European regulators are preparing what could be a stern challenge to Google Inc's mobile phone software business in the coming months after a nearly four-year investigation into the company's Web search practices left rivals and European politicians dissatisfied.
Two sources with direct knowledge of the matter said that with a new antitrust chief taking over in November, European regulators are laying the groundwork for a case centered on whether Google abuses the 80 percent market share of its Android mobile phone operating system to promote services from maps to search.
The Commission has stepped up inquiries just in recent weeks, sending companies questionnaires that seek far more details than previous queries on the matter in 2011 and 2013.
In one questionnaire seen by Reuters, respondents were asked whether there was a requirement set by Google, written or unwritten, that they not pre-install apps, products or services on mobile devices that compete with Google software like its search engine, app store and maps.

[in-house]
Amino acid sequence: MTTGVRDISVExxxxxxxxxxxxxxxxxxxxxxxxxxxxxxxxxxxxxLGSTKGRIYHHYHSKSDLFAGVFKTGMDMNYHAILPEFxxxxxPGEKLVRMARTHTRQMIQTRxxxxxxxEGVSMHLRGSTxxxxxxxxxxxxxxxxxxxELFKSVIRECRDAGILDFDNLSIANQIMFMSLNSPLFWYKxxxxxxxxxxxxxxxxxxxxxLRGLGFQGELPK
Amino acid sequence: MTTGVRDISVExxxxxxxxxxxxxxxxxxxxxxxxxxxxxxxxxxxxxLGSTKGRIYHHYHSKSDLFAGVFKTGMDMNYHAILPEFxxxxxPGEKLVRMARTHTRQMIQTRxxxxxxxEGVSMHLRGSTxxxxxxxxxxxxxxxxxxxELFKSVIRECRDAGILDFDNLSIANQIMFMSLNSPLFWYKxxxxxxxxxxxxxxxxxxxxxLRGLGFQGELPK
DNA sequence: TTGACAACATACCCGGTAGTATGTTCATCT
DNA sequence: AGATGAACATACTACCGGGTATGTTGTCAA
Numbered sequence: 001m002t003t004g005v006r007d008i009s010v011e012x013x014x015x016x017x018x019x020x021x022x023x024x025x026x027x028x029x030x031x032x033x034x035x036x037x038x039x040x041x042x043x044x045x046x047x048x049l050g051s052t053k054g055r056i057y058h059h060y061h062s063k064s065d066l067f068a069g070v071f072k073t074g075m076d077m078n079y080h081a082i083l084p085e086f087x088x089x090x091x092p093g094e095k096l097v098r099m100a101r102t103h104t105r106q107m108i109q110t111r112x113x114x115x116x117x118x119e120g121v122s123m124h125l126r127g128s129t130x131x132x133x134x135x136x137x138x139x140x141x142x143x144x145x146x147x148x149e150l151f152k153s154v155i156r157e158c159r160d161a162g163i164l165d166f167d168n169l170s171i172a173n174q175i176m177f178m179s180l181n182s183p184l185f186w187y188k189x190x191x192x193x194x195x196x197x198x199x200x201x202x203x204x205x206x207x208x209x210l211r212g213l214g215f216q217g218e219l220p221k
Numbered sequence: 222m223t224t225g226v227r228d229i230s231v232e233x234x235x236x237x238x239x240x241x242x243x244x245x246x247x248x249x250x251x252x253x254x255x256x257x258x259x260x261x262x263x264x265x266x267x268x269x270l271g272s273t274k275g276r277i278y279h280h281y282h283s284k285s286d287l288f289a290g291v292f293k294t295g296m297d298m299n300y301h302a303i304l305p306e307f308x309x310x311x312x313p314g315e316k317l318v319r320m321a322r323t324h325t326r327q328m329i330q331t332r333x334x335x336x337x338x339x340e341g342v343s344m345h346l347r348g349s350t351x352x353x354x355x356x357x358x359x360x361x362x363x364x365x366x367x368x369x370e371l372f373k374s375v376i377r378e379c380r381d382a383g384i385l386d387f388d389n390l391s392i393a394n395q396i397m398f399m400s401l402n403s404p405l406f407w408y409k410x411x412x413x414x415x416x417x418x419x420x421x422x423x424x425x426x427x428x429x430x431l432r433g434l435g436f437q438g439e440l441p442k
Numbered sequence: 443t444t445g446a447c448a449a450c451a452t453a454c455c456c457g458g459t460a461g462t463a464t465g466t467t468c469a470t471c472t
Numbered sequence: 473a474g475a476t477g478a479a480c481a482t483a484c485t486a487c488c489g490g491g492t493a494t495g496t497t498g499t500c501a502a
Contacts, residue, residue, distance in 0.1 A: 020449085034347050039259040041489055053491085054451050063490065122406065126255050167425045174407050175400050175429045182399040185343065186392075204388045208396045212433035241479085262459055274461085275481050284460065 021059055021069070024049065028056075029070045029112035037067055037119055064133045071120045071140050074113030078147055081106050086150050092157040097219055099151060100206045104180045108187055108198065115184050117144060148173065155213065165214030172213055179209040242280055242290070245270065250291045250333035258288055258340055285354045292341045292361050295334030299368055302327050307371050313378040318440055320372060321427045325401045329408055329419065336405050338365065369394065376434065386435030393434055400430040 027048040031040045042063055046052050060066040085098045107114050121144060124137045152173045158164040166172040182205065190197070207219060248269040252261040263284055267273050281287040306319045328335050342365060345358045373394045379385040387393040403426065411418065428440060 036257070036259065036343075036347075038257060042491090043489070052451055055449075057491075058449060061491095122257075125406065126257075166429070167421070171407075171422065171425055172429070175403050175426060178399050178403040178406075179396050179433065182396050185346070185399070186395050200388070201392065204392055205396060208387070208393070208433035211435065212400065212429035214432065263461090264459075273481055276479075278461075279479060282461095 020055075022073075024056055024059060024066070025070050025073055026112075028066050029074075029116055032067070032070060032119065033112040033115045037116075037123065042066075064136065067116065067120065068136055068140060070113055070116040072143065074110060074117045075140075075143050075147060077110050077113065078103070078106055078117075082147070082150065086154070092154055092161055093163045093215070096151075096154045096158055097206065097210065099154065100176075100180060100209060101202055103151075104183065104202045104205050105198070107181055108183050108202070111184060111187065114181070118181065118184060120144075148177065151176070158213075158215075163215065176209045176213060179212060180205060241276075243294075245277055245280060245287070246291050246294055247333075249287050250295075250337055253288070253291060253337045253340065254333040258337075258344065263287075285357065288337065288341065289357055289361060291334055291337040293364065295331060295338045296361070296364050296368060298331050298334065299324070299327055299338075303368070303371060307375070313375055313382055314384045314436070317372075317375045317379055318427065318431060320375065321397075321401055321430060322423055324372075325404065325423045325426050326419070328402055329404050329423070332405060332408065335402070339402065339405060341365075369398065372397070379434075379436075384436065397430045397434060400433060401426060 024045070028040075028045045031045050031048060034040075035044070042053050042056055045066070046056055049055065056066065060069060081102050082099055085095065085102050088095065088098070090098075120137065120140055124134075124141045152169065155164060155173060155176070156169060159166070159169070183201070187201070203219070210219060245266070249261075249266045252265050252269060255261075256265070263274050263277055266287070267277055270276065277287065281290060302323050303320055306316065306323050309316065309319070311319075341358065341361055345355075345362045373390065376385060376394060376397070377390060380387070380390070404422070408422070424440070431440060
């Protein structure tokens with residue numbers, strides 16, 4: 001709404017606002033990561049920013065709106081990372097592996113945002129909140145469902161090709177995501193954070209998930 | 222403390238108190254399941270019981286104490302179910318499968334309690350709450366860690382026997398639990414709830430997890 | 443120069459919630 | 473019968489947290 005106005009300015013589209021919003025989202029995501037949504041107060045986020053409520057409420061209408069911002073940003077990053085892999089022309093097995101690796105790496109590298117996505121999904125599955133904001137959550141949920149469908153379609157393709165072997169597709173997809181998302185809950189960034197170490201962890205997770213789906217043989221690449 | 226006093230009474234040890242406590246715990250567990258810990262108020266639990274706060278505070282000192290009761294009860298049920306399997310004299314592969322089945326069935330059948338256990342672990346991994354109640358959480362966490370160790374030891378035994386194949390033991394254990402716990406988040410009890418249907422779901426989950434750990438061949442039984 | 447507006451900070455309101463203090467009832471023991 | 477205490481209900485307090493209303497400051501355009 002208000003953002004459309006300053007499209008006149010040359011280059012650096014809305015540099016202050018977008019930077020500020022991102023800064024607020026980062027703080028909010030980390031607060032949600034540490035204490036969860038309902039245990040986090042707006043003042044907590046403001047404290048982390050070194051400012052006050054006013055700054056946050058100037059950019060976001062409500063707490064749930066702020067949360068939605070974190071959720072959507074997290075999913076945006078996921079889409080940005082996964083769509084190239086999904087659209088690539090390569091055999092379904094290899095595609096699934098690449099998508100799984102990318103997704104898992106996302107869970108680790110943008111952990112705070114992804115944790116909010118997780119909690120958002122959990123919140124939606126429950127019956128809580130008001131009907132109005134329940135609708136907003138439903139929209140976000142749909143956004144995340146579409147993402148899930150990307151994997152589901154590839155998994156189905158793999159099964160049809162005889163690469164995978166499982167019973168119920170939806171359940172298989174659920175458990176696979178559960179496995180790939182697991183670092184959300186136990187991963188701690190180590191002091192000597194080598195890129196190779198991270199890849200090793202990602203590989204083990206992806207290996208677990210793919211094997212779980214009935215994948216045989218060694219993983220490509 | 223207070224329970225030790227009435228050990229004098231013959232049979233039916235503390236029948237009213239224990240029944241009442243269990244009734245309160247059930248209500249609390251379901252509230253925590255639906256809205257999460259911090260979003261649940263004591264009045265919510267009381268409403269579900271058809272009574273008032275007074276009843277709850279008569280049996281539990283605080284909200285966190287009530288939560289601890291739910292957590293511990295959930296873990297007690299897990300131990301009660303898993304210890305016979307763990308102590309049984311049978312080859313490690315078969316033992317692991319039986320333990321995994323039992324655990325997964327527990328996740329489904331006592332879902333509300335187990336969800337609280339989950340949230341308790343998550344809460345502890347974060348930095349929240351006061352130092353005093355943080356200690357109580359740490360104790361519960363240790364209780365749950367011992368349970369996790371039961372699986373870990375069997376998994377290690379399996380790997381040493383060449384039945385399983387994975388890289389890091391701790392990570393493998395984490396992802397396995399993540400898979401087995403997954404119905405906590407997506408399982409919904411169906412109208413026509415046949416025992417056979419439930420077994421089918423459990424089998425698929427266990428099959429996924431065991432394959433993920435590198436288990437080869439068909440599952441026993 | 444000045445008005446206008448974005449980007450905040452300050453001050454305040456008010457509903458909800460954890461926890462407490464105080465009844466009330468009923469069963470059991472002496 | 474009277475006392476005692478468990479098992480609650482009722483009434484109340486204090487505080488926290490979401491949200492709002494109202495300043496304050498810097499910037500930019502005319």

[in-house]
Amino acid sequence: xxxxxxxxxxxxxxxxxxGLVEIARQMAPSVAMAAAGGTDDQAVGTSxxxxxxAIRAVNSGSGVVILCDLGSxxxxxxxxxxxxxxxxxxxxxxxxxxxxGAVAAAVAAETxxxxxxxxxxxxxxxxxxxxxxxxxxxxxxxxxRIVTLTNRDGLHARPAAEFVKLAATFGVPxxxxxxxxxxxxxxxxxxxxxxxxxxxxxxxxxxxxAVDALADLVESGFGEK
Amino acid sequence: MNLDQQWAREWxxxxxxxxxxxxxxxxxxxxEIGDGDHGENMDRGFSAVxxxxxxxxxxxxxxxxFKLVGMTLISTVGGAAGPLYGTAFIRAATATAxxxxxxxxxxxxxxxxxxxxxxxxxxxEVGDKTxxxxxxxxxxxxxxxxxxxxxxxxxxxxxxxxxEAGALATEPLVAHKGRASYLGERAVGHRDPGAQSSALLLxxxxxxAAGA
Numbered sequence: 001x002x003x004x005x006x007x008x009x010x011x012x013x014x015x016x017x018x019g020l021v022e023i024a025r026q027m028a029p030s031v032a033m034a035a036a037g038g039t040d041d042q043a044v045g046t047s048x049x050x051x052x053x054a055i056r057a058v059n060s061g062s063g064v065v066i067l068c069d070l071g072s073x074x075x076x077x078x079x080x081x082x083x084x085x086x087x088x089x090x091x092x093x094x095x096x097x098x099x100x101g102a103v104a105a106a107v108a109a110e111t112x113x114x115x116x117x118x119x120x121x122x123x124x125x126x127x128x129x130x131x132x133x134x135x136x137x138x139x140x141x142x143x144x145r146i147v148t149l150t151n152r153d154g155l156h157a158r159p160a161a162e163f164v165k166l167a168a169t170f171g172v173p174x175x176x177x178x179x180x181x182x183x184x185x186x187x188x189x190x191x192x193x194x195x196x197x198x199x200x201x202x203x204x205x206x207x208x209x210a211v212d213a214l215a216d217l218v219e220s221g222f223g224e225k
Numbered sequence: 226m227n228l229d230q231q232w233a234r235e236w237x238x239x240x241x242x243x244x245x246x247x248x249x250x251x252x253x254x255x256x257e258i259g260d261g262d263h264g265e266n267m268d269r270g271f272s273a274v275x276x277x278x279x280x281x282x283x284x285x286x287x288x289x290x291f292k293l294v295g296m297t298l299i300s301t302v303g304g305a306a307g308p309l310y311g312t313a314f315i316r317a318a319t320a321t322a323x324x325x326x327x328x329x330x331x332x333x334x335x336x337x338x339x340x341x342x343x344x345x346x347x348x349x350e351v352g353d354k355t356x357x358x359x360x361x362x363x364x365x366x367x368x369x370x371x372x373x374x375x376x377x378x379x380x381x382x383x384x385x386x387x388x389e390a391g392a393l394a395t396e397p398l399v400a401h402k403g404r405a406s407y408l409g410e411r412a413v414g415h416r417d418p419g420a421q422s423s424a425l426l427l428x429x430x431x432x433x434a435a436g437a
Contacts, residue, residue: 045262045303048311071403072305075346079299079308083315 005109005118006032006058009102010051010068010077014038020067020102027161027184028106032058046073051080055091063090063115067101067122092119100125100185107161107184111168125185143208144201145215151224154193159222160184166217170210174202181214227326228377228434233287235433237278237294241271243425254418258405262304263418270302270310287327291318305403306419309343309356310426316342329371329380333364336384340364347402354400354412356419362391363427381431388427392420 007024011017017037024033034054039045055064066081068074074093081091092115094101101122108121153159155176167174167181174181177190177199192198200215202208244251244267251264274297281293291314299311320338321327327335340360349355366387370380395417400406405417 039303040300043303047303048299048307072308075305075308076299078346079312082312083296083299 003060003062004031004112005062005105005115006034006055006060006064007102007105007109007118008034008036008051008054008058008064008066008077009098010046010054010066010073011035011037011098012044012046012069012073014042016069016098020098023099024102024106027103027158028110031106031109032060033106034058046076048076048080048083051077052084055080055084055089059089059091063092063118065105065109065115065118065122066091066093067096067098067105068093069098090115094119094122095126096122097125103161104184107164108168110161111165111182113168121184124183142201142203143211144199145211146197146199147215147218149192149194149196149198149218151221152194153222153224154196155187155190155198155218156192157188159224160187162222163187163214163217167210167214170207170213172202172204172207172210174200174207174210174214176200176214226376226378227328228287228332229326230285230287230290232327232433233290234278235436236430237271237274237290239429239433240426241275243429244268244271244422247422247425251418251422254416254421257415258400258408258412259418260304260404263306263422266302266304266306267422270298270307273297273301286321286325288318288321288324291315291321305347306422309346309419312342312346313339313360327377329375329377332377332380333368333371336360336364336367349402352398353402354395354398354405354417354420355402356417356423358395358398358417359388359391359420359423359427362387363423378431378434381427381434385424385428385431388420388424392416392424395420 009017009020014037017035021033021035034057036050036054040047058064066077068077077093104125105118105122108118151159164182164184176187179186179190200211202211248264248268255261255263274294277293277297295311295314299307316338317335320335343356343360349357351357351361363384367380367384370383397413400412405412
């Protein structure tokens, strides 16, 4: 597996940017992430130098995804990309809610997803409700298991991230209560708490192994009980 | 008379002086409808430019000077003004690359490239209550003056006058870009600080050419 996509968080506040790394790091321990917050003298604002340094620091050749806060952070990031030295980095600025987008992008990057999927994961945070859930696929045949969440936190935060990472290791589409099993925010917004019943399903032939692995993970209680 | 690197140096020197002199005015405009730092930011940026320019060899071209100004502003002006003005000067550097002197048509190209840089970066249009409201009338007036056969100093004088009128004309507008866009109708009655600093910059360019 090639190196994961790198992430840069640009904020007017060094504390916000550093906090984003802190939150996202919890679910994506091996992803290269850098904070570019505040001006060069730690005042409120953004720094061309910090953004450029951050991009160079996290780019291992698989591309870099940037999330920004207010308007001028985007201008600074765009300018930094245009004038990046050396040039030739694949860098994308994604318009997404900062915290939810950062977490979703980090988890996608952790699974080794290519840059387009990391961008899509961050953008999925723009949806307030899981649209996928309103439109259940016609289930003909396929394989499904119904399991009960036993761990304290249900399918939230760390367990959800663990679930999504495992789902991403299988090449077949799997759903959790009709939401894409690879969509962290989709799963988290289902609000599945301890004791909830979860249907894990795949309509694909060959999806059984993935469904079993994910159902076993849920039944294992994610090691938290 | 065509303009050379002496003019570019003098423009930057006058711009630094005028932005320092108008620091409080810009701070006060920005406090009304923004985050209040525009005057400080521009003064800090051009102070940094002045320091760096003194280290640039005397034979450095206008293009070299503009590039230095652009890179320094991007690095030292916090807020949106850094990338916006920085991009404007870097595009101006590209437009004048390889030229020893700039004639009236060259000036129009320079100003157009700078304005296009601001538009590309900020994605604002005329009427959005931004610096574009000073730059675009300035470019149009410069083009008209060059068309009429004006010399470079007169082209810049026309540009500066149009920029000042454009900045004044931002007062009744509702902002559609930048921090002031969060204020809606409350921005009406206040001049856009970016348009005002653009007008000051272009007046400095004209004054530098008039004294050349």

Companies must provide emails, faxes, letters, notes from phone calls and meetings, and presentations stretching as far back as 2007 related to such deals with Google, suggesting the European Commission wants to know if Google's behavior has been long-term. Respondents have been given until early September to reply to more than 40 questions.
While any company is free to use the open-source Android as they choose, mobile handset makers that want to use the newest version must sign a contract that stipulates a minimum number of Google services be pre-installed on devices, according to a third source, a former Google executive with knowledge of the matter.
The impending Google Android inquiry adds to a growing list of regulatory challenges that complicate the Internet company's ambitions in a vital market. Europe accounted for more than $30 billion in digital advertising spending in 2013.
The European Commission is likely to start a formal probe into Android once it wraps up an investigation into whether Google ranks its own services higher than those of its rivals in search results, according to the two people with knowledge of the matter.
One of the sources said going after Android would help stem a growing chorus of complaints.
Google struck a deal with Almunia in February by agreeing to display rivals' links more prominently, but the preliminary settlement was criticized as inadequate by rivals such as Microsoft Corp, U.S. consumer review site Yelp Inc and German and Spanish publishers, as well as some